With the explosive growth of data and the breakneck pace of digitization, mainstream financial service providers (FSPs) are increasingly turning to new and alternative data sources and analytics tools to more efficiently reach emerging markets and help bring the world’s 1.7 billion underserved people into the formal financial system. This “new data,” largely separate from traditional credit bureau data, represents a tremendous opportunity for commercial banks to identity new customers, many of whom were previously “credit invisible,” and to better understand and serve the needs of their existing client base. However, the path to greater data utilization is not always clear, as FSPs must weigh the benefits of embracing a data-centric approach with significant operational challenges, including changing a risk-adverse banking culture, recruiting top technical talent, upgrading legacy IT infrastructure and navigating a complex regulatory environment. Building upon in-depth interviews with banks, fintechs and other actors, Accelerating Financial Inclusion with New Data—the newest joint report from the Center for Financial Inclusion at Accion (CFI) and the Institute of International Finance (IIF), supported by MetLife Foundation—examines the data landscape and evaluates the progress FSPs have made in innovating around data and areas where they have faced obstacles. Read the rest of this entry »

What if your employer told you that your next paycheck would come in the form of  Bitcoin. How would you react?

Woman using mobile phone in olive farm

> Posted by By Chrissy Martin, U.S. Global Development Lab, USAID
Note: This post originally appeared on ICTworks and is re-posted here with permission.

Do farmers really want to be paid in mobile money? To answer this question, I’ll ask you to first entertain a brief thought experiment.

Imagine that your employer told you that next pay period, your company will start paying you in Bitcoin.  How would you react?  Sure you’ve heard about Bitcoin, but you have lots of questions as to what it will mean to receive your salary this way, such as:

  • Am I getting swindled?!
  • Where can I use bitcoin?
  • Can I spend it like dollars, or will I have to convert into dollars first?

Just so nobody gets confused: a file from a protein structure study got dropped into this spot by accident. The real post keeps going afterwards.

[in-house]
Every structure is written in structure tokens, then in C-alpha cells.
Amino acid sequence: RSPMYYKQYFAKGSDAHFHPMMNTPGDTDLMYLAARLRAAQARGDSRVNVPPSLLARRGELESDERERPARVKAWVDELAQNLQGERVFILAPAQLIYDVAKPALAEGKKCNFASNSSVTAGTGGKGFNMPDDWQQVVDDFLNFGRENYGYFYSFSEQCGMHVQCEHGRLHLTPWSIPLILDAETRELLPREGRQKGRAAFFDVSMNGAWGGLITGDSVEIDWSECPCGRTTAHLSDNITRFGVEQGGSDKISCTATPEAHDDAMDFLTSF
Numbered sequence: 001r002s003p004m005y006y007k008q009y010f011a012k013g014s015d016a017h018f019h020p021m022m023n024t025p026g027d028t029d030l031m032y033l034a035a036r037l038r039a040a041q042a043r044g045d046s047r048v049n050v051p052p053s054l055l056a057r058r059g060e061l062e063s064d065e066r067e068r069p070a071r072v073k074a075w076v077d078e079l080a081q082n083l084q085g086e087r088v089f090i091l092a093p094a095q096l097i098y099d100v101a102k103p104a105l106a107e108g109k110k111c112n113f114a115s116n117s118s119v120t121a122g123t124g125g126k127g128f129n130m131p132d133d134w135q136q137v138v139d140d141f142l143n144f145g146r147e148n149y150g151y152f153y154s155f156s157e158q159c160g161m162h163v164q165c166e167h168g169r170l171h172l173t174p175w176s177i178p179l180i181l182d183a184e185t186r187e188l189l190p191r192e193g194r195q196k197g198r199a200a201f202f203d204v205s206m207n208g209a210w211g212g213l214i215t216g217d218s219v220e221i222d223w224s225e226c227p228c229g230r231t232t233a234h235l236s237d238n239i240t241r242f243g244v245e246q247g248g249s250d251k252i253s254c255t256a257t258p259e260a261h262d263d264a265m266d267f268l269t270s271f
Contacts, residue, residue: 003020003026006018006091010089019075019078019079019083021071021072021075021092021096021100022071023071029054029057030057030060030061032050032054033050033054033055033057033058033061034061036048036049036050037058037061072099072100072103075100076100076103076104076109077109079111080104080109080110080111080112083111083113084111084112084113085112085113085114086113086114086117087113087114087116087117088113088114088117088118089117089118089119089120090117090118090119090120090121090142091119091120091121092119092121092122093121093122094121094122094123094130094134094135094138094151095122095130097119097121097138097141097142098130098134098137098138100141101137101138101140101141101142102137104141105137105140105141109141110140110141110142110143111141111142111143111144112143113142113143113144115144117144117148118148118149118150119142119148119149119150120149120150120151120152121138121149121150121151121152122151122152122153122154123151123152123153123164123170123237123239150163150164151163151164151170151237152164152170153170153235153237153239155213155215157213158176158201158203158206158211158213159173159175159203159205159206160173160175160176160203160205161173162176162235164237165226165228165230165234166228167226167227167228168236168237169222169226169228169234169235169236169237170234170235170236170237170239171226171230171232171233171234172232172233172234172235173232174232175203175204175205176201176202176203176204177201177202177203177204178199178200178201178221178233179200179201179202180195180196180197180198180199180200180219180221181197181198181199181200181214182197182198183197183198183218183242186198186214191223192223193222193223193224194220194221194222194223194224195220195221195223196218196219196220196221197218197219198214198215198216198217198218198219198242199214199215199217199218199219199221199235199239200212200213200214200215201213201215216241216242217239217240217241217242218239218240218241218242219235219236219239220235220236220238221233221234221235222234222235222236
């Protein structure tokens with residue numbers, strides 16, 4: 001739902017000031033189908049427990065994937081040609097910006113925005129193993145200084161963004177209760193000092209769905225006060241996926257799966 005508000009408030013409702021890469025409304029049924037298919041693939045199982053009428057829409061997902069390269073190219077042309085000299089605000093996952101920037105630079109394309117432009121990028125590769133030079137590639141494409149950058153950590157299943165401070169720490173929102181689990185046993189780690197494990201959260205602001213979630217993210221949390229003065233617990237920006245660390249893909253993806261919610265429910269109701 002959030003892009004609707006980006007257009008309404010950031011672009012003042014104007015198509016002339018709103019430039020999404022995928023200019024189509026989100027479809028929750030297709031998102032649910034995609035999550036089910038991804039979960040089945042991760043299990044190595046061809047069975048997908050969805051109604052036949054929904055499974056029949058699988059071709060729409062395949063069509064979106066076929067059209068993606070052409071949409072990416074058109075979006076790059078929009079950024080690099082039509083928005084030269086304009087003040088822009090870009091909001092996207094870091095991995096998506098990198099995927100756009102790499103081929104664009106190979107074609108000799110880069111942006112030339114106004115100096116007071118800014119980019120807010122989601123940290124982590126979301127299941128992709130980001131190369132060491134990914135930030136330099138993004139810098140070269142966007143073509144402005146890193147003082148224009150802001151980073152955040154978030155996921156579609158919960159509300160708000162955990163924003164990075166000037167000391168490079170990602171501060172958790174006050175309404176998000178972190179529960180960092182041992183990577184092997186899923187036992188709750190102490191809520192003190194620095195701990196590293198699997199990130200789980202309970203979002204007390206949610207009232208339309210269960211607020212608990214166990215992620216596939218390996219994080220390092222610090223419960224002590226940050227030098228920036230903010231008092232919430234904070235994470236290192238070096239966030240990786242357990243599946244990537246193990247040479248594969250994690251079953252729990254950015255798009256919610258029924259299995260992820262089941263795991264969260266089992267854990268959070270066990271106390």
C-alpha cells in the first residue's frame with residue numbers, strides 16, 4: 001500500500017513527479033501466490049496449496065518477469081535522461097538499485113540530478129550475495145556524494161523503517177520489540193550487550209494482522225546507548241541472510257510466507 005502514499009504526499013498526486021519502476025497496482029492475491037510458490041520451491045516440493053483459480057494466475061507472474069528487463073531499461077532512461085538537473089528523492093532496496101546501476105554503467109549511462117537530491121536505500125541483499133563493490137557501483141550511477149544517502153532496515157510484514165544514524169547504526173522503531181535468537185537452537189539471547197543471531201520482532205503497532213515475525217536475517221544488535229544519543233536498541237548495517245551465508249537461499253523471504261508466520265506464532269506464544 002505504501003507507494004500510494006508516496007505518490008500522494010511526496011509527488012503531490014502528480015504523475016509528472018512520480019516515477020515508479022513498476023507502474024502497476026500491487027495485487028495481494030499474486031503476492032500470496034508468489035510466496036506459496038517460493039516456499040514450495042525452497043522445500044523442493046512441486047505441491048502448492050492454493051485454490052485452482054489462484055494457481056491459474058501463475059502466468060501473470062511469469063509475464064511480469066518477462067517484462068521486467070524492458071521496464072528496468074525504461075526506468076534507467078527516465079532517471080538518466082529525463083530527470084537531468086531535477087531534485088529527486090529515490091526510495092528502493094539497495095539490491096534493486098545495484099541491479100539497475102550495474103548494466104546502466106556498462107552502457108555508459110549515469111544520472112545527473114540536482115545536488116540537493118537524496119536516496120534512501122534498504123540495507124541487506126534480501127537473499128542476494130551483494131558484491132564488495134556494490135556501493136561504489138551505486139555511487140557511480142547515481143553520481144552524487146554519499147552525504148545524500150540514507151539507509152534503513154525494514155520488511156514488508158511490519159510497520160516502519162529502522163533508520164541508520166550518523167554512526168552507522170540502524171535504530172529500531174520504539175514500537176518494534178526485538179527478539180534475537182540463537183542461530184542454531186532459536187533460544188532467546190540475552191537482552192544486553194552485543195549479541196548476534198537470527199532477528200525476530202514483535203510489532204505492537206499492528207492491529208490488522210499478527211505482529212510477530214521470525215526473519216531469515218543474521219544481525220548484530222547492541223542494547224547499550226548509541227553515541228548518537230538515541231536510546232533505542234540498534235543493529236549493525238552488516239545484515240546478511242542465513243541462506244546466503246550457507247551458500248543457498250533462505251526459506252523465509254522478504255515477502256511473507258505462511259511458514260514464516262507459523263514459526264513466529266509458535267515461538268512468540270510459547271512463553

• Where can I convert?
  • How much is the conversion fee?
  • Will I be paid into my same bank account?

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The new Gallup Global Financial Health Study contributes significantly to our understanding of how to make financial inclusion work for customers. This dataset comes at the perfect time—right on the heels of the Global Findex—and with it, we can start to ask ourselves with humility if financial inclusion is leading to financial health.

> Posted by Sonja Kelly, CFI, and Evelyn Stark, MetLife Foundation

Bangladeshi children play in a backyard.Editor’s Note: This post originally appeared on the NextBillion Blog and is re-posted here with permission.
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Former CFPB staffer endorses consumer protection and we couldn’t agree more.

> Posted by Beth Rhyne, Managing Director, Center for Financial Inclusion at Accion

Arjan Schutte, a venture capitalist and head of Core Innovation Capital, was recently asked to resign from his advisory role with the U.S. Consumer Financial Protection Bureau – as were all the other members. This prompted Schutte to make the following statement about his belief in the importance of consumer protection regulation:
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Woman holds POS device

Demand for credit in Africa exceeds supply, despite the rise in mobile money. Yet start-ups, growing daily in number, are at risk of accelerating over-indebtedness, by supplying credit to clients without conducting appropriate repayment capacity analysis. Digital lenders need to understand the risks of over-indebtedness from a client perspective, and algorithms need to evolve to take this into account. Regulation also must guide good practice for fintech digital lenders.
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> Posted by Elisabeth Rhyne and Sonja E. Kelly, Managing Director and Director of Research, CFI

Where are we in achieving a financially inclusive world?

Financial inclusion momentum has slowed in the past three years, the 2017 Global Findex revealed. The financial inclusion community may wish to reflect on these results, recalibrate expectations, and then re-engage.

In a new report, the Center for Financial Inclusion at Accion journeys through the 2017 Global Findex data recently released by the World Bank, which assess progress toward financial inclusion on the basis of a 150-country study conducted by Gallup. We examined the 2017 Findex data from our own perspective, and although we found some good news, there are also some concerning trends.

In recent years, the headline for financial inclusion has been the percentage of adults in the world with accounts (either financial institution or mobile-based). That number has grown since 2014 to 69 percent – good news. But we believe it is more relevant, if less encouraging, to focus on the number of adults with active accounts, that is, accounts they have used at least once in the past year. That number is 55 percent, representing a net gain of 393 million active accounts between 2014 and 2017, a much more modest gain than the nearly 700 million total new accounts added in the previous three years (2011-2014).

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Credit Suisse is a founding sponsor of the Center for Financial Inclusion. The Credit Suisse Group Foundation looks to its philanthropic partners to foster research, innovation and constructive dialogue in order to spread best practices and develop new solutions for financial inclusion.

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The views and opinions expressed on this blog, except where otherwise noted, are those of the authors and guest bloggers and do not necessarily reflect the views of the Center for Financial Inclusion or its affiliates.